My solution was to "subscribe" to RSS feeds by bookmarking them in my web browser and visiting my favorite ones when I had the time. In other words, I was back to the "pull" model, defeating the whole "push" model of RSS syndication.

But Mozilla's new email client, Thunderbird 0.8 now offers RSS feed support. The reader acts in some ways like a regular email account. You can subscribe to feeds, and tell Thunderbird how often to update the feeds. Each feed gets organized under its own folder under the RSS account.

The RSS feed reader is a good start. It really makes sense to integrate an RSS reader into an email client. In fact, I previously was considering dumping Thunderbird and going back to MS Outlook after Dion said he really likes Outlook's NewsGator ($30) plug-in to read RSS feeds.

I have two critiques so far with the Thunderbird RSS reader. First, the formatting of many blog entries often is horrid when Thunderbird is set to display email bodies as "simplified" HTML, which I do to avoid seeing all the advertisements. I'd like to set Thunderbird to display full HTML for RSS entries but "simplified" for all other email. But so far, Thunderbird has one display setting for all accounts. Second, I'd like to be able to configure the frequency of the RSS updates on an individual basis. Some RSS feeds should be updated daily, while others I'd like to have updated hourly. Currently, all feeds are updated on the same schedule.

Even with those faults, the RSS reader is a nice addition to Thunderbird. And this is Thunderbird's first crack at including an RSS feed reader. I should think the functionality will only get better in later releases. Thank you, Thunderbird team.

Fast Web Services for Warfare?

It's been more than a year since Sun Microsystems introduced its Fast Web Services technology at JavaOne 2003. I've been following the status of binary Fast Web Services because of my interest in increasing the speed of SOAP messaging in my projects, and discovered the U.S. military shares my interest.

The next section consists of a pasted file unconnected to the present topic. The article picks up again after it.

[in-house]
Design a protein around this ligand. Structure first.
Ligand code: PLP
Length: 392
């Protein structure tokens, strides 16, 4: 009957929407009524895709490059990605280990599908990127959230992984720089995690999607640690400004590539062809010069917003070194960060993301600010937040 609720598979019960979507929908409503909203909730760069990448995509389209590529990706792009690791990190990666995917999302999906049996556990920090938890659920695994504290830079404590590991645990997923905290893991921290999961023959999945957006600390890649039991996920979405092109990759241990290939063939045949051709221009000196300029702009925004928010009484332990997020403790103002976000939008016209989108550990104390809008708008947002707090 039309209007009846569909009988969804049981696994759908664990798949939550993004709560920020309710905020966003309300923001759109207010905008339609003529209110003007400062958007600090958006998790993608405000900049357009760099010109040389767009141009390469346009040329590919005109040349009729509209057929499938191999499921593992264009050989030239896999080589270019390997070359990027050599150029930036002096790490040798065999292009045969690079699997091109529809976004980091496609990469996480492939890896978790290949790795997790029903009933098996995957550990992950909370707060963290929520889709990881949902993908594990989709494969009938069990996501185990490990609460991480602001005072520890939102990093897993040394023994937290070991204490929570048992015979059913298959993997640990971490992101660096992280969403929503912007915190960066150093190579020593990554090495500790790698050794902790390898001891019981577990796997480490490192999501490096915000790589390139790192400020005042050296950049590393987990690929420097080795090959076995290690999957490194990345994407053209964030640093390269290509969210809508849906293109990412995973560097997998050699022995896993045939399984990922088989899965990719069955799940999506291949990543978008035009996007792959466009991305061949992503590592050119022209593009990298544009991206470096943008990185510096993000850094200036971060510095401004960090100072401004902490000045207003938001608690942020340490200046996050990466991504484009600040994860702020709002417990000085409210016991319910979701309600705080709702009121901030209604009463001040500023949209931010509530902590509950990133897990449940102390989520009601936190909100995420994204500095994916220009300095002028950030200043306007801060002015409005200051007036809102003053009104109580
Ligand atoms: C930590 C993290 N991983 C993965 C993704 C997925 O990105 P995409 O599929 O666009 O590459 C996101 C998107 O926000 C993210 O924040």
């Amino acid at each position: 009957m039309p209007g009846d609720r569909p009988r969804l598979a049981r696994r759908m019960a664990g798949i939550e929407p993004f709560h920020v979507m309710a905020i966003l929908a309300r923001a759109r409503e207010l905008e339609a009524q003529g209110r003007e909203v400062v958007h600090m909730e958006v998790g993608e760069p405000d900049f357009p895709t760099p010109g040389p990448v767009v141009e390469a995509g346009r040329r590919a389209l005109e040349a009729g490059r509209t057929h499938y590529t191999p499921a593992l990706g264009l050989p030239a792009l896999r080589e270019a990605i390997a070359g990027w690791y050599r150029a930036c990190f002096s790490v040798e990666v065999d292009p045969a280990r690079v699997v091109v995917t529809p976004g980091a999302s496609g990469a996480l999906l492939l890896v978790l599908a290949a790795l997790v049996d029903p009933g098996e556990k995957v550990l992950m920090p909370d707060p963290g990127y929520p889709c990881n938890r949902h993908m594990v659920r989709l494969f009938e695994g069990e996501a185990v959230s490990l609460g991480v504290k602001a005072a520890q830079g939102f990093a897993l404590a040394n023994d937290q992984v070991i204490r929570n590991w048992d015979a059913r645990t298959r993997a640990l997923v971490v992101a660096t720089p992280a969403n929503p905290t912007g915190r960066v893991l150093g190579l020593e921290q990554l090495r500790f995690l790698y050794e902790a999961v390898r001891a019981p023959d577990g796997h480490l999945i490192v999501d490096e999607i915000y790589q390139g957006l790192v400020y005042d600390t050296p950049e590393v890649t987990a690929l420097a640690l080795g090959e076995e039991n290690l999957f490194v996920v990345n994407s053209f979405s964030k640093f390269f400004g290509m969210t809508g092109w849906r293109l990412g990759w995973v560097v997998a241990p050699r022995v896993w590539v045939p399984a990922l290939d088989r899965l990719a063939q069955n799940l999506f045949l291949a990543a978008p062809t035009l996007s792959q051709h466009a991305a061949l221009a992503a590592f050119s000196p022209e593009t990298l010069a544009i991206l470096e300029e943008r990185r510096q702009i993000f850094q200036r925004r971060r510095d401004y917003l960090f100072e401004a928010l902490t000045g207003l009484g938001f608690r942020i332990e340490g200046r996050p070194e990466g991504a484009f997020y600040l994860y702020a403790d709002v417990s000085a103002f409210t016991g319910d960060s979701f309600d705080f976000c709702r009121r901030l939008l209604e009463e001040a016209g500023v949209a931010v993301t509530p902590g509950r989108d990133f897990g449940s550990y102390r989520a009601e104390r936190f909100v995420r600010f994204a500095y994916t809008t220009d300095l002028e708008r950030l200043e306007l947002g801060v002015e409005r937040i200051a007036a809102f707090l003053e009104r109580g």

On Tuesday and Wednesday this week, the U.S. Air Force and the MITRE Corp. held a conference in Virginia on "XML for Binary Interchange: Addressing Machine-to-Machine Interoperability & Tactical and Mobile Computing." MITRE is a not-for-profit corporation managing research centers for the Defense Department and other federal agencies. At the conference Tuesday, Santiago Pericas-Geertsen, one of the inventors of Fast Web Services, gave a presentation on the technology during the public portion of the conference. (Wednesday afternoon featured "military only" sessions.)

The primary Air Force group co-sponsoring the conference is the "AFC2ISR Center" at Langley Air Force Base. The Air Force Command, Control, Intelligence, Surveillance and Reconnaissance Center helps develop technologies that allow reconnaissance aircraft and satellites to communicate real-time battle information to troops on the ground. The conference's primary objective was to help build the Global Information Grid by looking into using XML technologies for messaging "in tactical and bandwidth constrained environments," combining "the advantages of XML with the efficiency of binary-format information exchange."

In order to increase the transmission speed and processing of XML, various standards bodies have developed, or are looking into, binary equivalents to XML technologies, including binary SOAP messaging for faster web services. Not everyone agrees binary XML is a good idea (more on this below). But apparently the military thinks it is. In announcing the XML for Binary Interchange conference, a MITRE conference organizer wrote in an email to the xml-dev mailing list that he was sorry he didn't have time "to engage in a protracted xml-dev discussion. Suffice to say we believe there to be real issues that must be addressed."

If you haven't heard of Fast Web Services, here's some background. FWS is a mix of technologies that attempt to solve the web-service speed problem by using binary equivalents of XML for messaging. Binary XML encoding not only makes SOAP messages faster to transmit over the wire, the format also makes it faster to create and parse the messages, including serializing and deserializing the message from and to programming-language objects.

Fast Web Services uses Abstract Syntax Notation One, developed 20-years ago by the International Telecommunication Union. Sun has worked with the ITU's telecommunication standardization group to create a mapping standard between ASN.1's schema language and XML Schema so ASN.1 can be used as a replacement for XML. Once XML is turned into its ASN.1 equivalent, it can be compressed using Packed Encoding Rules, another ITU standard.